Thesis submitted to the Faculty of the Virginia Polytechnic Institute and State University in partial fulfillment of the requirements for the degree of MASTER OF SCIENCE in Biological Systems Engineering
Frank E. Woeste, Chairman
Joseph R. Loferski
Audrey G. Zink
John V. Perumpral
May, 1997 Blacksburg, Virginia
Keywords: wood truss, combined loading, truss plate, splice joints, truss design
Combined Tension and Bending Loading in Bottom Chord Splice Joints of Metal-Plate-Connected Wood Trusses by Philip J. O’Regan Frank E. Woeste, Chair Biological Systems Engineering (ABSTRACT)
Metal-plate-connected (MPC) splice joints were tested in combined tension and bending to generate data that were used in the development of a design procedure for determining the steel net-section strength of bottom chord splice joints of MPC wood trusses. Several common wood truss splice joint configurations were tested at varying levels of combined tension and bending loading. The joint configurations were 2x4 lumber with 20-gauge truss plates, 2x6 lumber with 20-gauge truss plates, and 2x6 lumber with 16-gauge truss plates. All the joints tested failed in the steel net-section of the truss plates. The combined loading was achieved by applying an eccentric axial tension load to the ends of each splice joint specimen. Three structural models were developed to predict the ultimate strength of the steel net-section of the splice joints tested under combined tension and bending loading. The test data were fitted to each model, and the most accurate model was selected. Data from other published tests of splice joints were used to validate the accuracy of the selected model. A design procedure for determining the allowable design strength of the steel net-section of a splice joint subjected to combined tension and bending was developed based on the selected model. The new design procedure was compared with two existing design methods. The proposed design procedure is recommended for checking the safe capacity of the steel net-section of bottom chord splice joints of MPC wood trusses subjected to combined tension and bending.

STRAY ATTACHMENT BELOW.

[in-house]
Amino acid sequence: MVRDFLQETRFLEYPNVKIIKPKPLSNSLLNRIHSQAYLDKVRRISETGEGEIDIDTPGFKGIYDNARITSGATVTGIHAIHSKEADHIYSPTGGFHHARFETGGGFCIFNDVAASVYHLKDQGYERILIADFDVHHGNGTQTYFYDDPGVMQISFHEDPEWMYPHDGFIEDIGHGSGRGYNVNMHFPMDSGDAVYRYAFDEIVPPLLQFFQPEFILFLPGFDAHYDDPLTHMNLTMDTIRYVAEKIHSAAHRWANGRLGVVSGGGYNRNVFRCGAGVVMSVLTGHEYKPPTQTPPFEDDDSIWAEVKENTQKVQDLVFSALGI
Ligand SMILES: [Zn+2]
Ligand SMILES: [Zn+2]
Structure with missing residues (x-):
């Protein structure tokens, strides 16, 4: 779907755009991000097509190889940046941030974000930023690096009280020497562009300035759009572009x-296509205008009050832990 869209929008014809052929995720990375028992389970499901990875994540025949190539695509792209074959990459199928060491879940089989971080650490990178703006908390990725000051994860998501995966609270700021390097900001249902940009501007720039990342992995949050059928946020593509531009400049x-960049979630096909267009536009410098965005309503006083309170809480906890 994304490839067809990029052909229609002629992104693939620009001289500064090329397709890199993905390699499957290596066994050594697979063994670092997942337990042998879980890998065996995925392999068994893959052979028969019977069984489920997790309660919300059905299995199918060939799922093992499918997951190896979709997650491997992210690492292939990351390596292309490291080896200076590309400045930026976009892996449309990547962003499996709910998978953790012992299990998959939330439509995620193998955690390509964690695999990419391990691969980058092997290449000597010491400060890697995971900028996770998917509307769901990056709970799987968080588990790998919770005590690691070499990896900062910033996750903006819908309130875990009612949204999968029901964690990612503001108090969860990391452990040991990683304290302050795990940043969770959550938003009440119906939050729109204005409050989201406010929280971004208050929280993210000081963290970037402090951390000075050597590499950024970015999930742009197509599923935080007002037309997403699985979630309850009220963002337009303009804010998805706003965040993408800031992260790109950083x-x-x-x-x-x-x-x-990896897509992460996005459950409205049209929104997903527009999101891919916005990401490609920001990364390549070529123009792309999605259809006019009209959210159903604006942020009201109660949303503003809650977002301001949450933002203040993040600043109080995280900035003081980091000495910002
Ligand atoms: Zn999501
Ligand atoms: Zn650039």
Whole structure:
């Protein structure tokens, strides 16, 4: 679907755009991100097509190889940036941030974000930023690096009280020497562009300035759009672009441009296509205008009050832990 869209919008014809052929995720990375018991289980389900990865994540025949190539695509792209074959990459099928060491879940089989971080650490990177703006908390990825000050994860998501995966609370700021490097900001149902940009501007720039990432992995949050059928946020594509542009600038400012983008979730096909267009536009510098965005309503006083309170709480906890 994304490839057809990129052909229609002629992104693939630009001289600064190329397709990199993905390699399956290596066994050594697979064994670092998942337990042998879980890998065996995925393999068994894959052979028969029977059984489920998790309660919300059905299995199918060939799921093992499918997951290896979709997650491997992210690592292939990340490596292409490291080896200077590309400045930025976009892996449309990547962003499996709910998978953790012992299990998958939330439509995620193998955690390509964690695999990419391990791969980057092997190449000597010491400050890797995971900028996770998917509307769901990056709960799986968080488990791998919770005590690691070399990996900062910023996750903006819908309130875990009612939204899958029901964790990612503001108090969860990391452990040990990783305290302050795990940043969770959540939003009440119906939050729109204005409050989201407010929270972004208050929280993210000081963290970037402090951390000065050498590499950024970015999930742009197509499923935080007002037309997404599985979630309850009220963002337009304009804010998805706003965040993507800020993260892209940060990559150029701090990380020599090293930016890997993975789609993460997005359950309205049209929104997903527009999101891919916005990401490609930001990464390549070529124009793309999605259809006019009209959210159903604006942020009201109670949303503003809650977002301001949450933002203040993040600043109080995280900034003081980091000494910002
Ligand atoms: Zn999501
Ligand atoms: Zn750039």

I thank the members of my graduate committee for their guidance and assistance throughout my research. The committee members were Drs. Frank Woeste, Joe Loferski, and Audrey Zink. I especially thank Frank Woeste for all of his advice, encouragement, criticism, and support during my education at Virginia Tech. Frank played a key role in my decision to pursue a Master’s degree. He had confidence in my abilities, and for that I am grateful. I thank Dr. Perumpral and the Biological Systems Engineering Department for their financial assistance. This support made my graduate education possible. Special thanks go to Stuart Lewis, P.E., of Alpine Engineered Products, Inc., for providing invaluable technical advice, answers, and criticism. I appreciate the time and effort he gave to assist me with this research. Stu also provided truss plates for this study and test data on the mechanical properties of the steel coil used to manufacture the truss plates. The help of Steve Spradlin, Bob Carner, Butch Sizemore, Carlile Price, and Terry Platt is gratefully acknowledged. Steve fabricated several fixtures used in the testing that I conducted. Bob and Butch assisted with the use of the testing machine, and Bob also explained the data acquisition equipment. Carlile helped me find the tools and equipment I needed. I thank Terry for sharing his knowledge of the testing machine, and for adjusting his schedule so we both could use the test equipment. I thank my friends and fellow graduate students; their friendship and company will be missed long after I leave Blacksburg. Finally, I thank my sisters and parents for their support and encouragement.